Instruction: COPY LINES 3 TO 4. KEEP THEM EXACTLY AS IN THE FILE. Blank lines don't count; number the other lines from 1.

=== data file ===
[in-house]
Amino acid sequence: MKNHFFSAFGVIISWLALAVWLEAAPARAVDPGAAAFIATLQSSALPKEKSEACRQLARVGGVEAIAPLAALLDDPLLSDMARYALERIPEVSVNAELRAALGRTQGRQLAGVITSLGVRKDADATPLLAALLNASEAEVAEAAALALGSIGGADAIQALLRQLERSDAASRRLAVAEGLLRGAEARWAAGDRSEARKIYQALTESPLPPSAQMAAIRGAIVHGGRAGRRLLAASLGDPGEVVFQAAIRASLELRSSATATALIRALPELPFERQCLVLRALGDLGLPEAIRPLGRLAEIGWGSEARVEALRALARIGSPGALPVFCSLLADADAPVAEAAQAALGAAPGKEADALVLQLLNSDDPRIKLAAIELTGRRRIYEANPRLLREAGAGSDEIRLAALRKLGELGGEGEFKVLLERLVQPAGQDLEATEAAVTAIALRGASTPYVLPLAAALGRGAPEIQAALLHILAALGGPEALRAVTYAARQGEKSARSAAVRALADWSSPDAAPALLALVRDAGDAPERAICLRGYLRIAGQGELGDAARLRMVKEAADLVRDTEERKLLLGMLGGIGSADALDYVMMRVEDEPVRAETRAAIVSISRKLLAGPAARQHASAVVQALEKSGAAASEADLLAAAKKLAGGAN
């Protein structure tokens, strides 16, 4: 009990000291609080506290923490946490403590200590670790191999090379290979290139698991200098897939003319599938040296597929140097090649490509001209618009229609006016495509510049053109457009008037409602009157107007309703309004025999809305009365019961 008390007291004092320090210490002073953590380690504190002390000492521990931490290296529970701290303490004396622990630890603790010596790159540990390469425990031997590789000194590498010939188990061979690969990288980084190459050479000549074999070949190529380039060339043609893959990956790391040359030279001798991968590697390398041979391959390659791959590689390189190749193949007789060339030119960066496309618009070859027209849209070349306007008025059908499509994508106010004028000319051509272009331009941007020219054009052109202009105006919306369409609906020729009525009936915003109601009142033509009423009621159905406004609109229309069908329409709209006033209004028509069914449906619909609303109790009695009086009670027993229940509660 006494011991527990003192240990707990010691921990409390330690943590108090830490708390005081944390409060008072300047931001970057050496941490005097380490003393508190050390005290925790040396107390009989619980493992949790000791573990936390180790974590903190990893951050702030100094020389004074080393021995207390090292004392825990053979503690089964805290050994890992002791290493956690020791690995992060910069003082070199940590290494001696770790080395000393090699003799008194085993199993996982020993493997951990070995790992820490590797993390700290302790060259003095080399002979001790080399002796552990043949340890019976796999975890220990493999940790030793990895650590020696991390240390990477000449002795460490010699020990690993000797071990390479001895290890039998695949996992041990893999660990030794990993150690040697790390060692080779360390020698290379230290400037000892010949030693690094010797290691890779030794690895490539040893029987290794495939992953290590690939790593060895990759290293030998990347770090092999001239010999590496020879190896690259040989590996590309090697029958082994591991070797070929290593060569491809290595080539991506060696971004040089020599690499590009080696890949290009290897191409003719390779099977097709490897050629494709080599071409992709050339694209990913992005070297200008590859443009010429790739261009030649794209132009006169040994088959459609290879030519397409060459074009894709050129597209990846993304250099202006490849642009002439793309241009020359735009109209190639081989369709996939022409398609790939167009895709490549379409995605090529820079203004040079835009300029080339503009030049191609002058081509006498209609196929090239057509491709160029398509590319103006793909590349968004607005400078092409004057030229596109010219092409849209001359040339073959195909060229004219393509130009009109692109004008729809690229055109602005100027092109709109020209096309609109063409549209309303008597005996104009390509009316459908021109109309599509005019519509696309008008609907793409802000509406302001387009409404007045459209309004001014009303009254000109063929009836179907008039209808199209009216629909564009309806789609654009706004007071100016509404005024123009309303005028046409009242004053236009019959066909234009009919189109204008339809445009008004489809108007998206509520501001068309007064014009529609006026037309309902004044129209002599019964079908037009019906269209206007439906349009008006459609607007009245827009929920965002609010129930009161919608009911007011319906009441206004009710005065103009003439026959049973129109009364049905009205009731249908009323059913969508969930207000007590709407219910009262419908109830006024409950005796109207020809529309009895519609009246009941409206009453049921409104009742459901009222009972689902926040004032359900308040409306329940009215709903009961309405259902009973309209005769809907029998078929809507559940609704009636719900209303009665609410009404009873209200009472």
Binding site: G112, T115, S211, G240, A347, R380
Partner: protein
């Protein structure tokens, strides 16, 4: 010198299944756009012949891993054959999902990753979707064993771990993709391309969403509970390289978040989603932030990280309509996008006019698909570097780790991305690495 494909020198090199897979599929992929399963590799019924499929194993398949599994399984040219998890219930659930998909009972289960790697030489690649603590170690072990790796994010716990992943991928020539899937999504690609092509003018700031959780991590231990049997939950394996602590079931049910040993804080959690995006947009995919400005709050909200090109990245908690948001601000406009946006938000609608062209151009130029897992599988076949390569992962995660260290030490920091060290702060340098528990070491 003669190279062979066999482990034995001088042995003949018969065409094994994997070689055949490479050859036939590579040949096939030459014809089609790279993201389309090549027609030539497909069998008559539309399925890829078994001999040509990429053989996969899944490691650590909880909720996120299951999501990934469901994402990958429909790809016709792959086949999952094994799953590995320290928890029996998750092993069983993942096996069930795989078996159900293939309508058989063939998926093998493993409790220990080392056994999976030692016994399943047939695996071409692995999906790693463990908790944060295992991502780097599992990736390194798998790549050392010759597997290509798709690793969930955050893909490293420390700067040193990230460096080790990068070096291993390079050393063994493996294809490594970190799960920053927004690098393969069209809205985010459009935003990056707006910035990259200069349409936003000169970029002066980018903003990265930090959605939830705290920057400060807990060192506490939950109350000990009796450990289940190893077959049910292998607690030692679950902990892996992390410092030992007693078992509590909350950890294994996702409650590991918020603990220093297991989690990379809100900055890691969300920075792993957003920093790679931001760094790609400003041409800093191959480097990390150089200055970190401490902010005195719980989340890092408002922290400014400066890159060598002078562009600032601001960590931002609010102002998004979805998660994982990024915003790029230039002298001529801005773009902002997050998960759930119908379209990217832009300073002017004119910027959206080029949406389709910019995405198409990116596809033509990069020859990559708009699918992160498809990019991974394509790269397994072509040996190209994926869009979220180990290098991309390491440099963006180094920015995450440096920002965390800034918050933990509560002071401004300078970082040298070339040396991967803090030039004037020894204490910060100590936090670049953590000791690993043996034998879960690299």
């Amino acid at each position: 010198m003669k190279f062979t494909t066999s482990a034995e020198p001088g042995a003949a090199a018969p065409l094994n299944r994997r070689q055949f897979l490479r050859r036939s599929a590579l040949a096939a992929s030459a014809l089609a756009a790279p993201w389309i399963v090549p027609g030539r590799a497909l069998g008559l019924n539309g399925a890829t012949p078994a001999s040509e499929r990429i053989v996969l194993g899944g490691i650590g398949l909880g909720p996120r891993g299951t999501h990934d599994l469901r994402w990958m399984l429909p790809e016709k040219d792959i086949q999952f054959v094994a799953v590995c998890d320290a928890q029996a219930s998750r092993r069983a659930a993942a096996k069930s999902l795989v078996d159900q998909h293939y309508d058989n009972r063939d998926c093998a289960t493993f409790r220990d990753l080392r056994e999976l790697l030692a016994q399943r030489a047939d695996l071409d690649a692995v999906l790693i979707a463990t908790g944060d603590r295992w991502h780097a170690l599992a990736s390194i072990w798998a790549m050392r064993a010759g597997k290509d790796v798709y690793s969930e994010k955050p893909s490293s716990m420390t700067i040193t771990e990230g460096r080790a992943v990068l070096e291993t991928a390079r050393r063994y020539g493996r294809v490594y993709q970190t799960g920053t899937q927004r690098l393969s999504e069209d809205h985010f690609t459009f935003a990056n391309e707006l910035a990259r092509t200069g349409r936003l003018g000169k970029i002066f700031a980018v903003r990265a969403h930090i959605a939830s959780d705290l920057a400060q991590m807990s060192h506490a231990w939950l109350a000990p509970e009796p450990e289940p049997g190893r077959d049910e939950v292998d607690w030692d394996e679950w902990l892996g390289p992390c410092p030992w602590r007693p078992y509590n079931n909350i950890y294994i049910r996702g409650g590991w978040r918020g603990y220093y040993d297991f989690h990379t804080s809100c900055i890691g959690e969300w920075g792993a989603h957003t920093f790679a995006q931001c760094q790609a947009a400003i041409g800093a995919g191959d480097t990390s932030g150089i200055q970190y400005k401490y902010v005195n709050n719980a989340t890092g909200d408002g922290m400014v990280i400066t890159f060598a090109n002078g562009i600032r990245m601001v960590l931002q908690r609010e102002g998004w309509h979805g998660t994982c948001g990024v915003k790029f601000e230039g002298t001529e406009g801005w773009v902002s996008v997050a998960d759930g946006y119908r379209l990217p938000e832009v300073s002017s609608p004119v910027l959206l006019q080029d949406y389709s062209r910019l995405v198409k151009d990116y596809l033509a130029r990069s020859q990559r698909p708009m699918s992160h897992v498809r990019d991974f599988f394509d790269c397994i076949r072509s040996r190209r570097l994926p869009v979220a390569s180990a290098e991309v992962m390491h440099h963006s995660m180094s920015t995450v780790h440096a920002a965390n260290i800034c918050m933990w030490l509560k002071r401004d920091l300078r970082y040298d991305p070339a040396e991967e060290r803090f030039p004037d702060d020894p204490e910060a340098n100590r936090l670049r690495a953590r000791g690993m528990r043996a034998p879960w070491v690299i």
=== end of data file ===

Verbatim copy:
């Protein structure tokens, strides 16, 4: 009990000291609080506290923490946490403590200590670790191999090379290979290139698991200098897939003319599938040296597929140097090649490509001209618009229609006016495509510049053109457009008037409602009157107007309703309004025999809305009365019961 008390007291004092320090210490002073953590380690504190002390000492521990931490290296529970701290303490004396622990630890603790010596790159540990390469425990031997590789000194590498010939188990061979690969990288980084190459050479000549074999070949190529380039060339043609893959990956790391040359030279001798991968590697390398041979391959390659791959590689390189190749193949007789060339030119960066496309618009070859027209849209070349306007008025059908499509994508106010004028000319051509272009331009941007020219054009052109202009105006919306369409609906020729009525009936915003109601009142033509009423009621159905406004609109229309069908329409709209006033209004028509069914449906619909609303109790009695009086009670027993229940509660 006494011991527990003192240990707990010691921990409390330690943590108090830490708390005081944390409060008072300047931001970057050496941490005097380490003393508190050390005290925790040396107390009989619980493992949790000791573990936390180790974590903190990893951050702030100094020389004074080393021995207390090292004392825990053979503690089964805290050994890992002791290493956690020791690995992060910069003082070199940590290494001696770790080395000393090699003799008194085993199993996982020993493997951990070995790992820490590797993390700290302790060259003095080399002979001790080399002796552990043949340890019976796999975890220990493999940790030793990895650590020696991390240390990477000449002795460490010699020990690993000797071990390479001895290890039998695949996992041990893999660990030794990993150690040697790390060692080779360390020698290379230290400037000892010949030693690094010797290691890779030794690895490539040893029987290794495939992953290590690939790593060895990759290293030998990347770090092999001239010999590496020879190896690259040989590996590309090697029958082994591991070797070929290593060569491809290595080539991506060696971004040089020599690499590009080696890949290009290897191409003719390779099977097709490897050629494709080599071409992709050339694209990913992005070297200008590859443009010429790739261009030649794209132009006169040994088959459609290879030519397409060459074009894709050129597209990846993304250099202006490849642009002439793309241009020359735009109209190639081989369709996939022409398609790939167009895709490549379409995605090529820079203004040079835009300029080339503009030049191609002058081509006498209609196929090239057509491709160029398509590319103006793909590349968004607005400078092409004057030229596109010219092409849209001359040339073959195909060229004219393509130009009109692109004008729809690229055109602005100027092109709109020209096309609109063409549209309303008597005996104009390509009316459908021109109309599509005019519509696309008008609907793409802000509406302001387009409404007045459209309004001014009303009254000109063929009836179907008039209808199209009216629909564009309806789609654009706004007071100016509404005024123009309303005028046409009242004053236009019959066909234009009919189109204008339809445009008004489809108007998206509520501001068309007064014009529609006026037309309902004044129209002599019964079908037009019906269209206007439906349009008006459609607007009245827009929920965002609010129930009161919608009911007011319906009441206004009710005065103009003439026959049973129109009364049905009205009731249908009323059913969508969930207000007590709407219910009262419908109830006024409950005796109207020809529309009895519609009246009941409206009453049921409104009742459901009222009972689902926040004032359900308040409306329940009215709903009961309405259902009973309209005769809907029998078929809507559940609704009636719900209303009665609410009404009873209200009472």
Binding site: G112, T115, S211, G240, A347, R380